POCO X2 review: Redmi K30 vest with 120Hz display is amazing

Xiaomi released POCO F1 as early as 2018, but since then the POCO brand has not seen any new product releases, and POCO has always operated under a single brand under Xiaomi. With the change of Xiaomi’s strategy in overseas markets, POCO is also officially independent. On February 4th, Xiaomi officially released POCO X2 in India. The POCO X2 is the same as Redmi K30 4G in terms of design and hardware configuration. We can understand this phone as the overseas version of Redmi K30 4G. And 91Mobile, a well-known overseas digital media, also took the lead in bringing the evaluation of POCO X2. Below we translate this POCO X2 review to bring you the first detailed test of this new phone.

POCO X2 review [ click to view original ]:

The POCO F1 released by Xiaomi back in 2018 redefines the meaning of the term “ affordable flagship (Editor’s Note: for the Indian market) ”, and in this regard, it is even worth the money. After the release of POCO F1, it was impressive and received a lot of attention, providing a powerful hardware configuration at a very affordable price. Prior to the price reduction of POCO F1, the flagship specifications and decent camera performance were unheard of at a price below Rs 20,000, until the price of POCO F1 was reduced. Until now, several companies are still trying to imitate the POCO F1 model, although without success.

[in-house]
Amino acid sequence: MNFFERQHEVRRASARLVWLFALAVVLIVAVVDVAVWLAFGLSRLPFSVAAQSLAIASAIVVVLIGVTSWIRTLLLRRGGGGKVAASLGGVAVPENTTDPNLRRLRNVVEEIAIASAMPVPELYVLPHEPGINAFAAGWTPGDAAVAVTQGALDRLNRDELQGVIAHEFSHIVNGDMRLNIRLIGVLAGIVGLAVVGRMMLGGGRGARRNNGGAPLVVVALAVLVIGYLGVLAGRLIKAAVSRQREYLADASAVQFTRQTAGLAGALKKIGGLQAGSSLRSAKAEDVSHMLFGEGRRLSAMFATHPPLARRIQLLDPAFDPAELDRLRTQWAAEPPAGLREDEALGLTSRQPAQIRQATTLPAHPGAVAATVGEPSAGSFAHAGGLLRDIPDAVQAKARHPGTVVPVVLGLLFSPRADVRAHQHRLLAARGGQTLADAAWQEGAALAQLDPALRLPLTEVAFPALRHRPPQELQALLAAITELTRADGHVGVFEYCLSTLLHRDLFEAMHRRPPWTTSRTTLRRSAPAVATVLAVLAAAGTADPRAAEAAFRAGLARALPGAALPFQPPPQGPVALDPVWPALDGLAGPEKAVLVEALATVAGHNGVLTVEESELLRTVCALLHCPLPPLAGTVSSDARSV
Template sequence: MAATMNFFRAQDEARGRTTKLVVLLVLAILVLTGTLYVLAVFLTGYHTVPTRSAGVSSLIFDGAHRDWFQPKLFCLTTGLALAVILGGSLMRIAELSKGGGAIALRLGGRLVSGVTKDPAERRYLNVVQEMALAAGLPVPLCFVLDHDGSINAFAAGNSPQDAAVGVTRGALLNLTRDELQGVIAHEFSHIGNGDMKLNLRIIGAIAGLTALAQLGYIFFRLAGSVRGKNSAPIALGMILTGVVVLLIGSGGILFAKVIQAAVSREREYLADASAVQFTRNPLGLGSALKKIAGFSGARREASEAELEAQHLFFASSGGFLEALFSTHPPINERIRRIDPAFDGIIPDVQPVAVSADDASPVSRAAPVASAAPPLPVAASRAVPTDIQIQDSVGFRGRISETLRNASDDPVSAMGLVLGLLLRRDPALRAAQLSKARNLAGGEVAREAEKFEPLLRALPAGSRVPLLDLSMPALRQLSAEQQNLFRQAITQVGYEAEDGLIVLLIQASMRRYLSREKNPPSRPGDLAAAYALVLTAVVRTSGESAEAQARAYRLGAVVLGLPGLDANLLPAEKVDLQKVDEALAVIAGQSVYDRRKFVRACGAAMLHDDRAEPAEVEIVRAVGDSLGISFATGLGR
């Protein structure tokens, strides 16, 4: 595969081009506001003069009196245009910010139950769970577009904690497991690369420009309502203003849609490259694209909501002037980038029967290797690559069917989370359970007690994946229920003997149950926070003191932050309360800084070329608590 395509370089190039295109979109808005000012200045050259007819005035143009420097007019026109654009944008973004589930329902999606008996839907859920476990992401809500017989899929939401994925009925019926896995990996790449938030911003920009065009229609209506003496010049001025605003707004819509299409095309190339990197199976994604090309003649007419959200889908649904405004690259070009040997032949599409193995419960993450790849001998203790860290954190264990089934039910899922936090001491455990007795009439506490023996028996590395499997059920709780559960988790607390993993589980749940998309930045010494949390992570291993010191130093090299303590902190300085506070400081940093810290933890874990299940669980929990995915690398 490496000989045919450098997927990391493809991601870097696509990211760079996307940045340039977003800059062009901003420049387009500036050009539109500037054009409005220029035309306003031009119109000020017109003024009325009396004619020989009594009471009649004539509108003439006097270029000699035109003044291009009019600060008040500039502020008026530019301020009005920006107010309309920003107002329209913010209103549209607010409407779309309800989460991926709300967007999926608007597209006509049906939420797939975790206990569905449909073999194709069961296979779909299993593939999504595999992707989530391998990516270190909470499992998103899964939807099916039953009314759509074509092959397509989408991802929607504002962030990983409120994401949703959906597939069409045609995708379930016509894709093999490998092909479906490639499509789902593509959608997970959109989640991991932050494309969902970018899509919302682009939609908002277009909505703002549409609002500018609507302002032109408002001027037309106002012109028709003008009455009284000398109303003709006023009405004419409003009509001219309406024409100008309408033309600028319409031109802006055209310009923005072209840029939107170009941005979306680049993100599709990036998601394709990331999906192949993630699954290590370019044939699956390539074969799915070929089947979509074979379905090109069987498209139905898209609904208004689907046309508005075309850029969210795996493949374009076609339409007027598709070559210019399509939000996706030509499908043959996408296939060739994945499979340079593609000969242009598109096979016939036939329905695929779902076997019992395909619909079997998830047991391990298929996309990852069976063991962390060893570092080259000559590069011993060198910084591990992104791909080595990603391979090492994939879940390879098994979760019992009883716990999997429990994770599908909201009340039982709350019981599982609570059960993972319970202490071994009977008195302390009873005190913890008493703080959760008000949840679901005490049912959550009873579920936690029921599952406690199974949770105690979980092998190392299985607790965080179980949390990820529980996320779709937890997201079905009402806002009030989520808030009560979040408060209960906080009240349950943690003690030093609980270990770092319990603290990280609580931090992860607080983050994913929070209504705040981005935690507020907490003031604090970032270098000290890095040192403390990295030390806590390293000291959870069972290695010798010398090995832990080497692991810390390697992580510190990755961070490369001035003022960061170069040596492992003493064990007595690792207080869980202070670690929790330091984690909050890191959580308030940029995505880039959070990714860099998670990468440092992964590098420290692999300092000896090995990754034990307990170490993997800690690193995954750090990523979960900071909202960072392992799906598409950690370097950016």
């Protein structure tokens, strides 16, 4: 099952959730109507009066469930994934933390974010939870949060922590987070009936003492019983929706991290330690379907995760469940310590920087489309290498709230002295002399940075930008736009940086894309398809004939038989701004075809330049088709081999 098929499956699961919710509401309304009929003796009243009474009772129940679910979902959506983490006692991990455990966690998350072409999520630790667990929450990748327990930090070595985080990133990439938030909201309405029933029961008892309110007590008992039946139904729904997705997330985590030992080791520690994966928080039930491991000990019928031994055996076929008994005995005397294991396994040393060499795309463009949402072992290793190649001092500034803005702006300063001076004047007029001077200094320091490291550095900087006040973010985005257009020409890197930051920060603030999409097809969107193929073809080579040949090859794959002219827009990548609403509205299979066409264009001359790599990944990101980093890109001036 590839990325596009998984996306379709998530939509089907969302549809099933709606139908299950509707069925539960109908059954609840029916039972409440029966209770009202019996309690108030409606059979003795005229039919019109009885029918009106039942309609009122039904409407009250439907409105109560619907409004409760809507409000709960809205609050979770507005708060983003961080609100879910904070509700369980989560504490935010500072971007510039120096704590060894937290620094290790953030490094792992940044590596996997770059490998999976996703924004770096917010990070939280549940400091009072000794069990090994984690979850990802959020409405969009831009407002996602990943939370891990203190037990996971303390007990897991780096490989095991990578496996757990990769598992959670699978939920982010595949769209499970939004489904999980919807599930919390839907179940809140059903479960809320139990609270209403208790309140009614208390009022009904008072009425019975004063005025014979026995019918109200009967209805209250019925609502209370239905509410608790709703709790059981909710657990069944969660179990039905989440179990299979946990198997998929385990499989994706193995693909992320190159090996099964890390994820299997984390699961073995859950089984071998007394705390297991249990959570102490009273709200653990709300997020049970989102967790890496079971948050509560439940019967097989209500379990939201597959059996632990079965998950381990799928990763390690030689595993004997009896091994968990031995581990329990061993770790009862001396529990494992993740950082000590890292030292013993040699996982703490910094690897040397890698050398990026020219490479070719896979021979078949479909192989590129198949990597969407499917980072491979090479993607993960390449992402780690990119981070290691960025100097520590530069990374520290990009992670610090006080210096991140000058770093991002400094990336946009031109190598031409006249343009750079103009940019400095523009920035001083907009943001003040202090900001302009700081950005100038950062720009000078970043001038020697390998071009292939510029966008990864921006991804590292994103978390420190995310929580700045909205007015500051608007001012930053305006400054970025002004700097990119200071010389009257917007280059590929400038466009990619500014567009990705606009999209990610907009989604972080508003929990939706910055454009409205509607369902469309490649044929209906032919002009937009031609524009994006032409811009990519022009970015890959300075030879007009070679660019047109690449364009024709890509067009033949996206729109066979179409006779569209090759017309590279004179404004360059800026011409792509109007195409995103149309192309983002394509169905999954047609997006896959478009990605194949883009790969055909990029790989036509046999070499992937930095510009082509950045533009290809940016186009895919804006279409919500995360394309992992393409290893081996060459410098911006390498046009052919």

It has been reported that POCO has launched the second breakthrough mobile phone, which may be released in February. Many people speculated that it was the successor to POCO F1, so everyone called the phone POCO F2 at the time. In the end, POCO announced that its next product would be called POCO X2, but there was never a phone called POCO X1, and the name was also surprising.

The POCO X2 is priced at Rs 15,999 (about RMB 1,574), which is undoubtedly the most affordable mobile phone provided by POCO. POCO X2 may not be able to provide flagship performance, but this phone has an unprecedented screen refresh rate performance in the price range. The POCO X2 happens to be the only phone with a price below Rs 20,000, and its screen refresh rate reaches an incredible 120Hz. But how effective is this display? Is a 120Hz display really what users want? Can the phone’s performance support this high refresh rate? How good is the camera? There are many questions, and I believe that the most important questions may be answered. Please read it carefully to find out.